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Publication numberUS4291463 A
Publication typeGrant
Application numberUS 06/108,743
Publication dateSep 29, 1981
Filing dateDec 31, 1979
Priority dateDec 31, 1979
Also published asCA1139161A1, DE3049479A1
Publication number06108743, 108743, US 4291463 A, US 4291463A, US-A-4291463, US4291463 A, US4291463A
InventorsPeter S. Williams
Original AssigneeWarner-Lambert Company
Export CitationBiBTeX, EndNote, RefMan
External Links: USPTO, USPTO Assignment, Espacenet
Water-soluble shaving aid for razor blades
US 4291463 A
A solid water-soluble lubricating shaving aid is provided as an adherent coating on a razor blade. The solid coating contains polyethylene oxide as a lubricant.
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I claim:
1. A razor blade having an adherent solid, water-soluble coating comprising polyethylene oxide.
2. The coated razor blade of claim 1 wherein said coating further comprises an additional high molecular weight surface-active agent.
3. A razor blade in accordance with claim 2 wherein said additional surface-active agent is represented by the expression:
A is poly(oxypropylene) of MW≧2500; and
B is poly(oxyethylene) of MW≧400.
4. A razor blade in accordance with claim 1, wherein said coating additionally comprises an adhesion-promoter.
5. A razor blade in accordance with claim 4 wherein adhesion-promoter is hydantoinformaldehyde.
6. The coated razor blade of claim 1 wherein said coating of polyethylene oxide overlies a coating of polytetrafluoroethylene.
7. The coated razor blade of claim 6 wherein said coating of polyethylene oxide further comprises an additional high molecular weight surface-active agent and an adhesion-promoter.

Normal shaving practice involves preparation of the beard by application of a shaving cream. One purpose of this preparation is to soften the beard by retaining water on the face. A second purpose of the shaving cream is to serve as a lubricating agent so that the shaving element will glide smoothly over the face. However, during shaving it is often necessary to repeatedly stroke the same area of the face after the shaving cream is removed by the first stroke, thereby denying successive strokes the aid of the lubrication provided by the shaving cream. Thus, it is often necessary to apply additional quantities of shaving cream.

It is also known in the art that a reduction in the frictional forces encountered between blade and whiskers during shaving can be obtained, at least to some extent, by applying to the cutting edge coatings of certain polymers such as polytetrafluoroethylene as disclosed in U.S. Pat. No. 3,071,856 to I. W. Fischbein and organosiloxanes disclosed in U.S. Pat. No. 2,937,976 to L. E. Granahan et al. U.S. Pat. No. 2,292,417 to Wetherbee discloses blade coatings containing a wax and a "surface active material". Wetherbee disclosed that components of the wax and the "surface active material" may be "slightly soluble in water".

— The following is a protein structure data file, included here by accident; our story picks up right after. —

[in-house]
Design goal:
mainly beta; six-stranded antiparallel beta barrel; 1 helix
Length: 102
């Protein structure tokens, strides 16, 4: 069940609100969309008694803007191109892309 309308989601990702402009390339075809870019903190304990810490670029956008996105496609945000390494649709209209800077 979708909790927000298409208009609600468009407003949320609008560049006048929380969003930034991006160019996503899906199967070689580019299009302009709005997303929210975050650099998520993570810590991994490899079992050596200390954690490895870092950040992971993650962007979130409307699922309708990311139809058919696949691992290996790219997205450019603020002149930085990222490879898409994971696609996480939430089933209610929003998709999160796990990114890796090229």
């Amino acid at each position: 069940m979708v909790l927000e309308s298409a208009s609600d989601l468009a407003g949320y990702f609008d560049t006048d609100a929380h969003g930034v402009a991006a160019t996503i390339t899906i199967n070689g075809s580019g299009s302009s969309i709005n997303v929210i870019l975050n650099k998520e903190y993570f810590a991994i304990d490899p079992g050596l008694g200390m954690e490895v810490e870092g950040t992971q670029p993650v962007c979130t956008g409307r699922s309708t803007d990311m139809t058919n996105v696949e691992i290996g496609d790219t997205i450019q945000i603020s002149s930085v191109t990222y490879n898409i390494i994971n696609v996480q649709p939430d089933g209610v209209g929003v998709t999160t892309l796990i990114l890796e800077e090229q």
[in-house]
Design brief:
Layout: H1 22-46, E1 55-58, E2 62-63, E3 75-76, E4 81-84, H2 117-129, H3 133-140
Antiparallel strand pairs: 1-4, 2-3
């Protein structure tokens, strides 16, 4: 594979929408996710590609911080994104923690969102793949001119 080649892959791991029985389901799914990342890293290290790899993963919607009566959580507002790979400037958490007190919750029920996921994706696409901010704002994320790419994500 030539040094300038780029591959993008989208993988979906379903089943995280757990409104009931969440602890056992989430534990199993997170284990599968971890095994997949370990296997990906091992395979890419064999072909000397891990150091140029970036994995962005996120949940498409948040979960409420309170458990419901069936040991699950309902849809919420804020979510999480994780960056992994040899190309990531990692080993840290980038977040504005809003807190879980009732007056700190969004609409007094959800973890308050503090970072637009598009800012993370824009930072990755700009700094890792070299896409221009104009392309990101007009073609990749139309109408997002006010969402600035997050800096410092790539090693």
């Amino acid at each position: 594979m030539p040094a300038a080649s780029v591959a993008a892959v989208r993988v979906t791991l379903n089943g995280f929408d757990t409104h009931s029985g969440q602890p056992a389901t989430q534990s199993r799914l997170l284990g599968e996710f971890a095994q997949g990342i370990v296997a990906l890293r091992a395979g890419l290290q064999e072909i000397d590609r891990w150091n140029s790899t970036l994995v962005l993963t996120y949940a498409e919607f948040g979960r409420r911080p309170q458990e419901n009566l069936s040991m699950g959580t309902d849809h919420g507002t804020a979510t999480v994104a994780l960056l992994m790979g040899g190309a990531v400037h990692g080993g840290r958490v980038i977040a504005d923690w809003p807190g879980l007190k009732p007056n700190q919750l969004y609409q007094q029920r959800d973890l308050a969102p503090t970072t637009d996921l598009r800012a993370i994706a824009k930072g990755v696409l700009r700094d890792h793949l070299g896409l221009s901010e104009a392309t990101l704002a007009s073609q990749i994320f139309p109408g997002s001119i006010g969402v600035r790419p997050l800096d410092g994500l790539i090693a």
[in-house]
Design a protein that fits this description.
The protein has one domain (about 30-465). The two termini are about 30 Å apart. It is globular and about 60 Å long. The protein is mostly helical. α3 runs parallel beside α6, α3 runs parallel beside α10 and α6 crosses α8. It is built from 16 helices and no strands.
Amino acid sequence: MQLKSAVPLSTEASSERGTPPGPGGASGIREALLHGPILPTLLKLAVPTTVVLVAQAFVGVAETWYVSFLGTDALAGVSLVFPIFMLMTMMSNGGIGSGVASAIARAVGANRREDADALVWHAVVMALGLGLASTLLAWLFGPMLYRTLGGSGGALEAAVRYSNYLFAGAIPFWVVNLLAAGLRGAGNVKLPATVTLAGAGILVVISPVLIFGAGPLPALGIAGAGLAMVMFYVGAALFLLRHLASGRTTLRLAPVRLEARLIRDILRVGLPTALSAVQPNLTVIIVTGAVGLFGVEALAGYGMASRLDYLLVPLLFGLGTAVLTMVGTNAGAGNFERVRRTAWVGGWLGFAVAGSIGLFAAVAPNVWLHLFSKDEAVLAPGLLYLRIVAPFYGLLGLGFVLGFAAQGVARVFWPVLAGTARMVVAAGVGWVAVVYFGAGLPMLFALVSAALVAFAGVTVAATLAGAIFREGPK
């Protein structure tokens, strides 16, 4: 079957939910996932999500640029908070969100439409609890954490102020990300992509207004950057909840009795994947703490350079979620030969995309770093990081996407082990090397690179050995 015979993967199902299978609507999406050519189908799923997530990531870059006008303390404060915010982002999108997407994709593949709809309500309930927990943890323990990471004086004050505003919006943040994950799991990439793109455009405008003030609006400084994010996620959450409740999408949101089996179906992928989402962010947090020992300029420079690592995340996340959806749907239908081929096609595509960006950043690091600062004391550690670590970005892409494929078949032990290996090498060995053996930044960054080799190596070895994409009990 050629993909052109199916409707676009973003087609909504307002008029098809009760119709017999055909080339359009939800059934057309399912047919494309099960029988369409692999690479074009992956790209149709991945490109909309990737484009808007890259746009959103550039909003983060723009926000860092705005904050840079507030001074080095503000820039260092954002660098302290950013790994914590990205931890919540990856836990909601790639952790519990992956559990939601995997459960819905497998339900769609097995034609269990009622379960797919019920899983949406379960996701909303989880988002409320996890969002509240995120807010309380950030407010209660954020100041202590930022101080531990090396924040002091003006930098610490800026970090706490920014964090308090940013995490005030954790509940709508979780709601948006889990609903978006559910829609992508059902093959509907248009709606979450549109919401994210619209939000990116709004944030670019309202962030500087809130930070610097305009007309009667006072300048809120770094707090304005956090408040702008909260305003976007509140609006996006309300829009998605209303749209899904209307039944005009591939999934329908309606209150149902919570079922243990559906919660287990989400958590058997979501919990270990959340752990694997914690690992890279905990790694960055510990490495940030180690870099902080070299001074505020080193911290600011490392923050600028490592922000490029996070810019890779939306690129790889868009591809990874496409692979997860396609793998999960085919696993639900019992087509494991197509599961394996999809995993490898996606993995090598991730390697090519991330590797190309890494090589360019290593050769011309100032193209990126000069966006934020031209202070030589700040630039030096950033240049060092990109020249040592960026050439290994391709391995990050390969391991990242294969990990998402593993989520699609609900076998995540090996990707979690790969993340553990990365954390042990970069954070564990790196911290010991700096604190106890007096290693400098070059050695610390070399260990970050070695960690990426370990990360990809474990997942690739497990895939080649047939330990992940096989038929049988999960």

It is also known that the application of certain water-soluble polymers to the face serves to facilitate shaving.


It has now been discovered that coatings containing water-soluble polyethylene oxide can be applied directly to a razor blade which, when wetted during shaving, will provide a continuous flow of lubricating shaving aid onto the face. This discovery contrasts with the prior art teachings in that it provides razor blade coatings which are water-soluble to provide shaving lubrication.


The sole FIGURE is a cross-sectional view of a steel razor blade coated with polyethylene oxide in accordance with the present invention.


Commercial grades of polyethylene oxide normally have a molecular weight range of about 100,000 to 4,000,000 and are supplied in the form of white dry powders. This commercial polyethylene oxide may be applied in any conventional manner which does not cause decomposition to form a coating on a razor blade in accordance with the present invention. A preferred technique for forming the adherent coating is to coat the razor blade with the polyethylene oxide in the form of a viscous aqueous solution. Other modes of applying polyethylene oxide as a coating are suggested by the molding techniques disclosed by the Union Carbide Corporation publication dated May 1972 and entitled "Polyox, Water Soluble Resins: Thermoplastic Processing: Calendaring, Extrusion, and Injection Molding", the teachings of which are incorporated herein by reference. Since the polyethylene oxide polymer has poor adhesion to the metal blade surface, a minor amount of an adhesion-promoting agent, such as hydantoinformaldehyde resin, is preferably blended with the polyethylene oxide polymer.